While this number in itself is discouraging, when you dig deeper the picture is even more grim.
From the same Employment Situation Report:
…there were 642,000 discouraged workers in December, up by 279,000 from a year earlier. Discouraged workers are persons not currently looking for work specifically because they believe no jobs are available for them.
So when taking this data into consideration, it shows that not only is 7.2% of the population unemployed, but of those, there are 642,000 Americans who want work don’t believe that they could find something. What’s even more troubling is that this number has risen over 75% in the last year alone.
Sadly, the numbers become even scarier as you read into the data on those who are currently employed:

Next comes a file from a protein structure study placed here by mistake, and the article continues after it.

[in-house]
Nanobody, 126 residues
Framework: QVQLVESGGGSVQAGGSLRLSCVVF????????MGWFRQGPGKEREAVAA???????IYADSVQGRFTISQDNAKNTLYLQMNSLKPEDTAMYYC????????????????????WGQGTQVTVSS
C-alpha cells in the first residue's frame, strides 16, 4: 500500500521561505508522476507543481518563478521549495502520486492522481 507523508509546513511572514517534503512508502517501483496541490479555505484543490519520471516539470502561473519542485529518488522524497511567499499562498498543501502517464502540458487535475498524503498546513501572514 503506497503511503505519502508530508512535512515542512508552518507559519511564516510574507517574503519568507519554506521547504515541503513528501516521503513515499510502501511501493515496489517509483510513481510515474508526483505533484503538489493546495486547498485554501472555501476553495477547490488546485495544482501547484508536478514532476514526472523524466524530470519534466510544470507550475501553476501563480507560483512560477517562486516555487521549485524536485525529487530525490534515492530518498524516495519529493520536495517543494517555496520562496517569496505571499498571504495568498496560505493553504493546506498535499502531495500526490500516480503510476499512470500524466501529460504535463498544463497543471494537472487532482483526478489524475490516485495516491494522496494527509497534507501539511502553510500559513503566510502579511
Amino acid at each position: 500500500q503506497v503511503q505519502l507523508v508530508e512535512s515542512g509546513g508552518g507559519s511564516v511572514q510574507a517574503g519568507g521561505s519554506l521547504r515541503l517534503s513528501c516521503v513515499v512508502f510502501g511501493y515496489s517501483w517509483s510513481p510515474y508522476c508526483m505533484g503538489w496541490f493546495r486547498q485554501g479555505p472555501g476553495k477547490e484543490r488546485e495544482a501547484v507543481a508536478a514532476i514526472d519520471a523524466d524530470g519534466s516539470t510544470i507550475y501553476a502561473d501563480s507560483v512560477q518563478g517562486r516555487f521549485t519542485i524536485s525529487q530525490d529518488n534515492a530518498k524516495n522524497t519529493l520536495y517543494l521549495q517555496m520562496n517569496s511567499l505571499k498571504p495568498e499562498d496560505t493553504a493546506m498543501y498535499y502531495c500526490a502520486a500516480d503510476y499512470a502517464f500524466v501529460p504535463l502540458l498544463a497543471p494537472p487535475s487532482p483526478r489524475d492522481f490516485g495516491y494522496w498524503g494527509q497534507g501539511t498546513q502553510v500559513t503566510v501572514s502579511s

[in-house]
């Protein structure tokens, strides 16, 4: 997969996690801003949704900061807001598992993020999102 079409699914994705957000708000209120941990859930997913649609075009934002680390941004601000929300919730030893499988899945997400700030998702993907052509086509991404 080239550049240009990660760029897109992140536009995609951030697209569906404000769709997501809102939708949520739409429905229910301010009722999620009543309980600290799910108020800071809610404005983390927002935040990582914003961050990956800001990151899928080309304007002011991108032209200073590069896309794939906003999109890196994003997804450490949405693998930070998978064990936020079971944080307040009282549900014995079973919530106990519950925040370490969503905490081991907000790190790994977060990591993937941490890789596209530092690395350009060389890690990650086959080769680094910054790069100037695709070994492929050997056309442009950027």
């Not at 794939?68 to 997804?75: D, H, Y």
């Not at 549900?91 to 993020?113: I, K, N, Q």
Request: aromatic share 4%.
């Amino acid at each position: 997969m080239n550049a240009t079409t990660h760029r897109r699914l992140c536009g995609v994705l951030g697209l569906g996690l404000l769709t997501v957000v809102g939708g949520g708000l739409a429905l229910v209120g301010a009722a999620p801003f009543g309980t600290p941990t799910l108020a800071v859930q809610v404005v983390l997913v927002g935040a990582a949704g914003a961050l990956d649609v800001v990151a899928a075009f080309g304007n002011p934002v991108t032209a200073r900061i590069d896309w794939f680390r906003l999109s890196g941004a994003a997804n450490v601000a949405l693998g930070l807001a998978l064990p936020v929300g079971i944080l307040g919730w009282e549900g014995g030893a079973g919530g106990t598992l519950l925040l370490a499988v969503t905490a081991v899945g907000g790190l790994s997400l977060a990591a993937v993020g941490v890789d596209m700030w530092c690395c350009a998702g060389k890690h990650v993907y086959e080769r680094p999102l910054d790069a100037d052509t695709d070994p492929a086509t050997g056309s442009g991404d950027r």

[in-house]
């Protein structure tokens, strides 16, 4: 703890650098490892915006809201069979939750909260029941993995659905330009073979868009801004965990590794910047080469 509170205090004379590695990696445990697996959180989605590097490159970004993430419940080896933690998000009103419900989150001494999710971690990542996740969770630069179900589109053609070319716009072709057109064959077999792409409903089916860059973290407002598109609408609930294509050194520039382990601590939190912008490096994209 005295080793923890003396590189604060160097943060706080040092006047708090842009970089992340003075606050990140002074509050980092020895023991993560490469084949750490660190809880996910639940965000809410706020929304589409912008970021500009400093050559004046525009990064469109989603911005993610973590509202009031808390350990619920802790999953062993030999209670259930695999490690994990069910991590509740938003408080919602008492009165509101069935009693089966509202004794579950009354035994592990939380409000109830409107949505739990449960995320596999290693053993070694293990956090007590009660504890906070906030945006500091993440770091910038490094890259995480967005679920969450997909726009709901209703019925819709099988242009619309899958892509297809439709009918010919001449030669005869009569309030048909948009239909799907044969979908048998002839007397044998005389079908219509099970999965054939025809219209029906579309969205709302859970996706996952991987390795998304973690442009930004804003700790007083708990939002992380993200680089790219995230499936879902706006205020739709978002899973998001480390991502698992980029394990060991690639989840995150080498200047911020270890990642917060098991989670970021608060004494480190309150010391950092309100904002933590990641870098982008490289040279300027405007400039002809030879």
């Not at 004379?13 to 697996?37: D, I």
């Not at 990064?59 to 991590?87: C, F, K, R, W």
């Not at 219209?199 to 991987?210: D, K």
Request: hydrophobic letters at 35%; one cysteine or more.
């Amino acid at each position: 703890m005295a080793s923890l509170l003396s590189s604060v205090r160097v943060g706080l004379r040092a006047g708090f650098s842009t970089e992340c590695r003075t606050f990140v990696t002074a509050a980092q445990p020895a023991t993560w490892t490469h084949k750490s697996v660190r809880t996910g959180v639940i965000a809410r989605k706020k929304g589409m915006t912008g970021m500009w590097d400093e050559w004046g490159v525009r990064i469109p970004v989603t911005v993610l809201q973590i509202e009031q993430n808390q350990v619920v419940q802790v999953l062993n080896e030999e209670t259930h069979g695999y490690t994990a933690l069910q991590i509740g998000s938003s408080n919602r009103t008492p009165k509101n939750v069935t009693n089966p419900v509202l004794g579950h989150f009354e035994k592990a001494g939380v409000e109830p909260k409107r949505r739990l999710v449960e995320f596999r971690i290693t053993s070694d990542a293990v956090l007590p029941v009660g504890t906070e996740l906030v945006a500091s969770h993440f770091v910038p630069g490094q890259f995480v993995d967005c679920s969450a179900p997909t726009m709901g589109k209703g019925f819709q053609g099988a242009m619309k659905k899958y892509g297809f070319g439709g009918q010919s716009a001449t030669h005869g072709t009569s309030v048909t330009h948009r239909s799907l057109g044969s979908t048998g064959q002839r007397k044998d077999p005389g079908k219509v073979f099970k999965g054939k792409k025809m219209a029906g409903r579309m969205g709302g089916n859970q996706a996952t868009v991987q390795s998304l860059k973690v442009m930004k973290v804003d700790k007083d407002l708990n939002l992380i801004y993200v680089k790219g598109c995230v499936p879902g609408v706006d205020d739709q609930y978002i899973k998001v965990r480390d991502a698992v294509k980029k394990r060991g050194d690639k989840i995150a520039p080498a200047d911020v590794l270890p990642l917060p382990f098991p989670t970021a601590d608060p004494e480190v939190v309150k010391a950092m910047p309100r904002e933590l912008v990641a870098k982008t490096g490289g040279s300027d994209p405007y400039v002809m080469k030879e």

In December, the number of persons who worked part time for economic reasons (some-times referred to as involuntary part-time workers) continued to increase, reaching 8.0 million. The number of such workers rose by 3.4 million over the past 12 months. This category includes persons who would like to work full time but were working part time because their hours had been cut back or because they were unable to find full-time jobs.
This data shows that even amongst Americans who did have jobs, over 8,000,000 desired full-time hours.
When compiling all of this together, it shows that amongst the American workforce (~154,447,000), roughly 12.8% (~19,742,000) are either unemployed or discouraged by their current employment situation.
I can’t even imagine what things will look like when January’s numbers are available.
With the economy hurting just about every industry, it looks like even some of the most successful and “sticky” websites on the net are going to be making changes to increase revenue. This time, it looks like it’s Pandora that is going to try their luck with increasing their advertising potential: